Do You Need to Speak Spanish to Teach in Spain?
By Andrea S. – Auxiliar de Conversación in Murcia 18/19
Before applying for an Auxiliar de Conversación position in Spain the big question I had was: do you need to know Spanish to teach in Spain? Which, in my opinion, is a completely reasonable question, especially for those venturing into new waters. What I have learned is that the work of an Auxiliar de Conversación does not necessarily require a Spanish background! In fact, when it comes to teaching, it may work to your advantage if you do not have any Spanish background.
You are reduced to only speaking English and this kind of exposure is beneficial to the students. If students get the impression that you can speak Spanish, they may default to their native language. This can be confusing for them and detract from fully immersing themselves in the English language. So, if you have limited (to no) knowledge of the Spanish language, you are exactly where you need to be. For me, the fact I did not have to be fluent in Spanish is what permitted me to apply to the program. In my past efforts to teach in Spain, there was a requirement to know a certain amount of Spanish. Fortunately, this is not the case as an Auxiliar. Now I’m getting the experience that I wanted and I’m loving it!
What Happens out of Class?
However, as an Auxiliar de Conversación there will be a world outside the classroom that will most certainly speak Spanish. It is Spain after all! English speakers may be scarce depending on location, so it may be nice to review some Spanish vernacular to avoid potential culture shock. It can be overwhelming at times to transition from an English-speaking environment to a Spanish-speaking environment. Knowing a bit beforehand may alleviate some stress. This may even serve as an aid to get by when traveling to your assigned destination, coordinating daily basic needs and building relationships within your community.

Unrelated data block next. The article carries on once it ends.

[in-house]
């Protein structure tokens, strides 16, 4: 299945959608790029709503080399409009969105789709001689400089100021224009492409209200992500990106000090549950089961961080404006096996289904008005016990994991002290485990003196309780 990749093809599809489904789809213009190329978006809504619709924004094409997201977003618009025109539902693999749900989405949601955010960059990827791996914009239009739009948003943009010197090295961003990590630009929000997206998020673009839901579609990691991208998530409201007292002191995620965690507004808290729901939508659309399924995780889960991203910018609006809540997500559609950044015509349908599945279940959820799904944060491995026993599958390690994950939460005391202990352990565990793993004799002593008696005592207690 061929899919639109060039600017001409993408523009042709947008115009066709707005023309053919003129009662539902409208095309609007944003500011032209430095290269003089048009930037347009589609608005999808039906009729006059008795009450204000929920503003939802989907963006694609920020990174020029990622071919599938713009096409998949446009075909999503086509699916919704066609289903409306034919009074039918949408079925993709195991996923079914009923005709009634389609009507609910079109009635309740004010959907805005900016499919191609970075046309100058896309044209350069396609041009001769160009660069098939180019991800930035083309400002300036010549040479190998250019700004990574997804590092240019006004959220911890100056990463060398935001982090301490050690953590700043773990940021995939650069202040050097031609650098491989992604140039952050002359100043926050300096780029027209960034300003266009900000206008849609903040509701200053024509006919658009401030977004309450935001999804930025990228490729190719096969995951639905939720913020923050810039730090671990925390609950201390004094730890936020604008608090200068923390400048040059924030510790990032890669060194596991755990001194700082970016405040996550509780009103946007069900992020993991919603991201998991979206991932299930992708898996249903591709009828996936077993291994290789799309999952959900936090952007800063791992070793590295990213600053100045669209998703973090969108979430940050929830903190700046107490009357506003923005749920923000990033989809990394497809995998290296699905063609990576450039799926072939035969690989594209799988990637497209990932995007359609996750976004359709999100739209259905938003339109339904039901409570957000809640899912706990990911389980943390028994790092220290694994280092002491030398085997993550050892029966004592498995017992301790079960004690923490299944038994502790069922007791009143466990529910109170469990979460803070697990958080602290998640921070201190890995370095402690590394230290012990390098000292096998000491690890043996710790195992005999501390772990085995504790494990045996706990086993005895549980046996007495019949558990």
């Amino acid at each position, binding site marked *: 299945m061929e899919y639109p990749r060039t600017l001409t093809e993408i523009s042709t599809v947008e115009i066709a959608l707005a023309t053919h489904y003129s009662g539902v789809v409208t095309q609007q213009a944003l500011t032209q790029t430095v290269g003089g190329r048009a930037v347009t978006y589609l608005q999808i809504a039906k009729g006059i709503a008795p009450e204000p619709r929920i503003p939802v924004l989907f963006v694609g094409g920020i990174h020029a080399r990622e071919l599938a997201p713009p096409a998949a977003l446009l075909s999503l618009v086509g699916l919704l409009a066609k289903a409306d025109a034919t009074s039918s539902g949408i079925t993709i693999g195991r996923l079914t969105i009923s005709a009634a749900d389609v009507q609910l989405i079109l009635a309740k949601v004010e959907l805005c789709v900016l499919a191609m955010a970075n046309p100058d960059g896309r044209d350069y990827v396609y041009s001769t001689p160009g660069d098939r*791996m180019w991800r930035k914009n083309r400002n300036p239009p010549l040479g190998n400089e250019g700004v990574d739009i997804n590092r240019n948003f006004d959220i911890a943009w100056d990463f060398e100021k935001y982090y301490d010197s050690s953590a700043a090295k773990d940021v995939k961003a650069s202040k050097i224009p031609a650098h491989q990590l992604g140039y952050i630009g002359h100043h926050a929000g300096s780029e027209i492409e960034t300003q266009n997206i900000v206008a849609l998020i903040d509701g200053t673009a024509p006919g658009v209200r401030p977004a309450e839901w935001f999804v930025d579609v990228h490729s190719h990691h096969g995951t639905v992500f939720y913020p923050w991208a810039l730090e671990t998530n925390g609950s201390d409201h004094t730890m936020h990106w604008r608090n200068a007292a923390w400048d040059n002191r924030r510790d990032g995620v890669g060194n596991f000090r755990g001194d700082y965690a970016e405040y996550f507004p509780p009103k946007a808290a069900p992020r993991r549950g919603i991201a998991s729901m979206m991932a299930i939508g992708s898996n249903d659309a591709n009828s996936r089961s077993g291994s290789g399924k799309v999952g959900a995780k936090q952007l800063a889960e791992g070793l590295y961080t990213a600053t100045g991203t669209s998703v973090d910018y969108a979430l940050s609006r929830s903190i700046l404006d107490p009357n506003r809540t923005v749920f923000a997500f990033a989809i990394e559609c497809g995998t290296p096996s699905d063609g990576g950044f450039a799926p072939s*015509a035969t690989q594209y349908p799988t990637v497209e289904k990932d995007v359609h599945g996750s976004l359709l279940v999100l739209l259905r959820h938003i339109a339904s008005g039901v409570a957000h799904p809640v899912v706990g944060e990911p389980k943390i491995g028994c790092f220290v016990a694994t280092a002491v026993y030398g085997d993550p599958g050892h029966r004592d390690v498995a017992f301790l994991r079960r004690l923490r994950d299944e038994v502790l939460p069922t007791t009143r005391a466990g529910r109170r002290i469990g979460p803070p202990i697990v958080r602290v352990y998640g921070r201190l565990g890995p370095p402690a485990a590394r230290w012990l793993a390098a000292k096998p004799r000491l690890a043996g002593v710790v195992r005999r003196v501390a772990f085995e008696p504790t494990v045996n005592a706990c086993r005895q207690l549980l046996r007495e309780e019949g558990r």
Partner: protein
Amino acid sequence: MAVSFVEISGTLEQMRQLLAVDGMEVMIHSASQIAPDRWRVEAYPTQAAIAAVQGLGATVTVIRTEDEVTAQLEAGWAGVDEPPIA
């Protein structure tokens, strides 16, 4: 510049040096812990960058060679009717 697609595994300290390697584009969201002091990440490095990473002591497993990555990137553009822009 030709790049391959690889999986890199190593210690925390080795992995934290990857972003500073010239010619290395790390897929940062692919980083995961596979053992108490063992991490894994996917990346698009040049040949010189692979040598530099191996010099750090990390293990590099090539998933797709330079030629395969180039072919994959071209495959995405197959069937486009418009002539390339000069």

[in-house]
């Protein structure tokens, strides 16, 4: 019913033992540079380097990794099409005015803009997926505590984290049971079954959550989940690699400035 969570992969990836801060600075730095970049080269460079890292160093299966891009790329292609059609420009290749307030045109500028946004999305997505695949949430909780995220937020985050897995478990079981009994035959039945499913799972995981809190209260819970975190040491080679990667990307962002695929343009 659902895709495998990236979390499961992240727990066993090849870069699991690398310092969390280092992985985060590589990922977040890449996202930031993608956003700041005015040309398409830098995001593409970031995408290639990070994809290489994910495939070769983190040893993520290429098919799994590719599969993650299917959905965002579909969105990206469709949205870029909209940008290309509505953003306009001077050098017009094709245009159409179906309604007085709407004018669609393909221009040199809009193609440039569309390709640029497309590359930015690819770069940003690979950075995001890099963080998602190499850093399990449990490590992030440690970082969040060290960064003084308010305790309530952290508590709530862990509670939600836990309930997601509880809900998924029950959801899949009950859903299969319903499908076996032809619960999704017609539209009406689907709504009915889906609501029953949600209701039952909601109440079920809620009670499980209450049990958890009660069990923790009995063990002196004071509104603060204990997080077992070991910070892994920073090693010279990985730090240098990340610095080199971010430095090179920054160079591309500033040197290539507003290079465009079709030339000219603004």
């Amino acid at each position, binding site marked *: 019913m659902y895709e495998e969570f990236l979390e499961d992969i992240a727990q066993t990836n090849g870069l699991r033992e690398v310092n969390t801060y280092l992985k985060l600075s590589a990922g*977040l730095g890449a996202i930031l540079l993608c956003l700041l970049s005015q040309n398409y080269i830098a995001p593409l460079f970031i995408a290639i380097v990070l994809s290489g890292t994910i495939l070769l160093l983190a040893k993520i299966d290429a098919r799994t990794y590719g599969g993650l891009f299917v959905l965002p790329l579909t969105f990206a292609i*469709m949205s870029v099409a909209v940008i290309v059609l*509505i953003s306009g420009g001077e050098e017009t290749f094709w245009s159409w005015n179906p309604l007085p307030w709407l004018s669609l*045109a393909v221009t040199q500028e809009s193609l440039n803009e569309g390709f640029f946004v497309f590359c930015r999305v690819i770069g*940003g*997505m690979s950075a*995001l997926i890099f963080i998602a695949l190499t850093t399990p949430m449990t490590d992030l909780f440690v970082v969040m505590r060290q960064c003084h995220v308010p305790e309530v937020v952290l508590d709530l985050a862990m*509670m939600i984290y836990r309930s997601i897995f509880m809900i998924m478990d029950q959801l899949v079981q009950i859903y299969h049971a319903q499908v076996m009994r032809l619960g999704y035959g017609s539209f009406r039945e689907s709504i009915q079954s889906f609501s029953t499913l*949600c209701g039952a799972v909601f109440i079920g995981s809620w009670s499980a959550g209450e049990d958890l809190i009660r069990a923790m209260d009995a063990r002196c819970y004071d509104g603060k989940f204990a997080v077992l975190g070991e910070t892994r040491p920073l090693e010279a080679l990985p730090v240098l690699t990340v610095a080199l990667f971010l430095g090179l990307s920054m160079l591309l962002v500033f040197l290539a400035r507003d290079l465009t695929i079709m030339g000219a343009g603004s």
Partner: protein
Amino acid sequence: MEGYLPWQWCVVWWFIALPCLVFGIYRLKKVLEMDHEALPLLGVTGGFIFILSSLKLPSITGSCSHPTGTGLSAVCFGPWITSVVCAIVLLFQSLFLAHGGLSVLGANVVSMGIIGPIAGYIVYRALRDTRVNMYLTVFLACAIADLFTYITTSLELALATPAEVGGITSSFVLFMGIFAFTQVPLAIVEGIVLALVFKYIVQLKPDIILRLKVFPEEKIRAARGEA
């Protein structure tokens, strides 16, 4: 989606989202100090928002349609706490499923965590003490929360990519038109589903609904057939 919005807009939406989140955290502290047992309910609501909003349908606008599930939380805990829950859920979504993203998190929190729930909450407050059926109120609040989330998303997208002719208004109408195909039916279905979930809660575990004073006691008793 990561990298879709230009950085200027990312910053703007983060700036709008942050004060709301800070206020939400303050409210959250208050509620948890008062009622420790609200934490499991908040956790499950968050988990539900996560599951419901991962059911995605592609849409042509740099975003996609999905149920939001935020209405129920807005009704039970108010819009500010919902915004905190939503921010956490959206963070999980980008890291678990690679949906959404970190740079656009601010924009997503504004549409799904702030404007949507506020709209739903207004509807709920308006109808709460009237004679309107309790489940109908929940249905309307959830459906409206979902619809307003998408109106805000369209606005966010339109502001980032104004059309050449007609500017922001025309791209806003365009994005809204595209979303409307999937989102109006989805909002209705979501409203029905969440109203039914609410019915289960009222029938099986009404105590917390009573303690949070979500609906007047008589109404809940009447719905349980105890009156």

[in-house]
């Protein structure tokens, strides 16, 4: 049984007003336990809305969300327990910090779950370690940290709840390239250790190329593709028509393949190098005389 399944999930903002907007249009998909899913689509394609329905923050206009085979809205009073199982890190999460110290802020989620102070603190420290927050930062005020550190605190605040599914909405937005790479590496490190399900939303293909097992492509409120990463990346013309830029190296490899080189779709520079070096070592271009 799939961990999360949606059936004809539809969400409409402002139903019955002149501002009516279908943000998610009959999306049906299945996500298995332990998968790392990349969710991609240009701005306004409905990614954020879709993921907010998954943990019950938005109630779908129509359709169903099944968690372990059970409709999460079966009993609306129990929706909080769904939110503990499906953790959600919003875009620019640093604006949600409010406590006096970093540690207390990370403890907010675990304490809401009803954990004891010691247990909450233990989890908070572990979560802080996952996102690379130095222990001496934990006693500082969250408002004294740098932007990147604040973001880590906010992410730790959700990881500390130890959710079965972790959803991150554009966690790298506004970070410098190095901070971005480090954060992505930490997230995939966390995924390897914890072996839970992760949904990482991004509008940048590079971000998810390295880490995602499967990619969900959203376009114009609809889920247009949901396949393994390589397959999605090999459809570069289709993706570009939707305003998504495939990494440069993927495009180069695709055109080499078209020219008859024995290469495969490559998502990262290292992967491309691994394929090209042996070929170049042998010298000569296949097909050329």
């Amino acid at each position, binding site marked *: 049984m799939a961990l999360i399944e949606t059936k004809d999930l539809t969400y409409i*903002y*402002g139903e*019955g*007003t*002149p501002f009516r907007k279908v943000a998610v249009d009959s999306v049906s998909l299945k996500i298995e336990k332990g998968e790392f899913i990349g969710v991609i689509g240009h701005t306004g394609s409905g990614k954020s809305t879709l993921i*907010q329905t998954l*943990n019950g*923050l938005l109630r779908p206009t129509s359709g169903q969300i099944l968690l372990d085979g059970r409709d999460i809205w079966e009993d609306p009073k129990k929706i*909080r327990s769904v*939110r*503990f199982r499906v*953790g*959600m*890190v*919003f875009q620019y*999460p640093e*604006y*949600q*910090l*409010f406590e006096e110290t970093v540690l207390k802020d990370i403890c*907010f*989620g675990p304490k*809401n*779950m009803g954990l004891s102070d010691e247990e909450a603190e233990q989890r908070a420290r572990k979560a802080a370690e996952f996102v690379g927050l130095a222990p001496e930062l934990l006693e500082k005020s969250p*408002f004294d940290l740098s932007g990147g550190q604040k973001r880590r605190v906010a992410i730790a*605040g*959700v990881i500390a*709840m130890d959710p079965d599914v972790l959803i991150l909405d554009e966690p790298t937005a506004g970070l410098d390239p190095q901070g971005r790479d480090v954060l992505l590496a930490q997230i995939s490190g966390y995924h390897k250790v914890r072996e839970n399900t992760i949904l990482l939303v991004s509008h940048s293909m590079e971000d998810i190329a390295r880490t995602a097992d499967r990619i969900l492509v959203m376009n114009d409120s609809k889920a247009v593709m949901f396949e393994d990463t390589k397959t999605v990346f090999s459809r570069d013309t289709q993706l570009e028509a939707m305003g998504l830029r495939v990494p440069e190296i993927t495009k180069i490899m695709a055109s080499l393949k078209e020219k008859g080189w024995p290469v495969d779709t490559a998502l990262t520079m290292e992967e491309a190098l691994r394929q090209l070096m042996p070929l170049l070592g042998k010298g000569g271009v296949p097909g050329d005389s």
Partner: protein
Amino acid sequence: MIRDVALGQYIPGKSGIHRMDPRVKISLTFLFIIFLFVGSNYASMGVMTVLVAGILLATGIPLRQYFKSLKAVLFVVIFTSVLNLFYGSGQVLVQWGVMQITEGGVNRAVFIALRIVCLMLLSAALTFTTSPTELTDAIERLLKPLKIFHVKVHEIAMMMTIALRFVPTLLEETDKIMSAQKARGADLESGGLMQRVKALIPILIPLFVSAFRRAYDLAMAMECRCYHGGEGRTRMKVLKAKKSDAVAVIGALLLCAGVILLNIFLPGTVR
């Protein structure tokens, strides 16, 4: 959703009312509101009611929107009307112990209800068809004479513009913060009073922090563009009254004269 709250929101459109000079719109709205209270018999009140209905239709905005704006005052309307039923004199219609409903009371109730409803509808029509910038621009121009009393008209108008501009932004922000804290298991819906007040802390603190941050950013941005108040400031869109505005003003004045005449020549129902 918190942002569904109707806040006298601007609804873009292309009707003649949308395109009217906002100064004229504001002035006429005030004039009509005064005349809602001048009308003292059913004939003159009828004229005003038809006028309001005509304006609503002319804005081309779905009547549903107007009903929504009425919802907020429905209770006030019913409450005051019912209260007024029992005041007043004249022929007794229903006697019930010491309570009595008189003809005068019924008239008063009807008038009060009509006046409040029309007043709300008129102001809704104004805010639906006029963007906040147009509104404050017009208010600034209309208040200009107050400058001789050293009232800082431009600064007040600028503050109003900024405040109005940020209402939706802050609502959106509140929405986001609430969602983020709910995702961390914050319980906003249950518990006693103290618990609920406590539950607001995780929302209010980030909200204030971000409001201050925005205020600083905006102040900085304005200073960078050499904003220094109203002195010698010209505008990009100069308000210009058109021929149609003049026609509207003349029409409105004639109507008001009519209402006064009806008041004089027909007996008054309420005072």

Upon initial arrival, there are documents that an Auxiliar needs to complete (for example your T.I.E) that may be difficult to translate without some basic knowledge of the language. I have also come to find that Spaniards are very friendly and inquisitive people (not all, but most) and may get excited to get to know you. However, not all of them speak English fluently so this may impose a challenge or a barrier to building connections.
Having some helpful apps on hand (like Spanish dictionary or Google translate) can be life savers while initially integrating into a new culture. Even still, I have found locals to be hospitable regardless of my ability to speak Spanish. Many moments come to mind where I needed help and complete strangers were generous to provide assistance despite my poor Spanish skills. I am a big believer that kindness transcends the language barriers that may be present.
For individuals who want to learn Spanish there will be ample opportunities to do so. Depending on where assistants are located, there may be opportunity for Spanish classes or one-on-one interactions that will provide more exposure and practice with the language. I have learned in my time living in Spain that the language becomes more familiar the more you participate and interact with your environment (i.e. teachers, student’s parents, landlords, etc).
In my experience, I have learned the most Spanish when I converse with other teachers over coffee or on a walk. The best way to learn (in my opinion) is to be immersed in the language and practice the vocabulary whenever opportunities present themselves. Otherwise, as creatures of habit, we have a tendency to revert back to what is comfortable and what we know.
All that to say, this validates the point made earlier of the importance of only speaking English to the students. Immersion in Spanish accelerates understanding of the language and your students will have the same experience with English. The impulse to speak Spanish in the classroom may grow stronger as you become more comfortable with it. My recommendation is to be aware of where you are and what language is appropriate in that setting. It can be a challenge, but it keeps you alert and your brain active!
There have been cases where I have felt knowing Spanish may help when directing and giving instructions to the students. It is encouraged to utilize my surrounding resources, including other faculty. The teachers I am paired with have been very helpful when I found I was at a loss for words. They were also very supportive when my students didn’t fully grasp the concepts or instructions.
Live the Experience!
All an all, I hope to encourage anyone who may be on the fence about taking this opportunity due to limited Spanish background. Do not let this hold you back! Transitioning into a new culture and language will impose challenges and may be overwhelming regardless, but persevering through these difficulties will only build confidence, and provide even greater rewards in the end. It is best to go in knowing you have all the tools you need just by knowing English. Anything else you may need help with, you will certainly have access to support. My advice. Say yes. Go for it. Jump in
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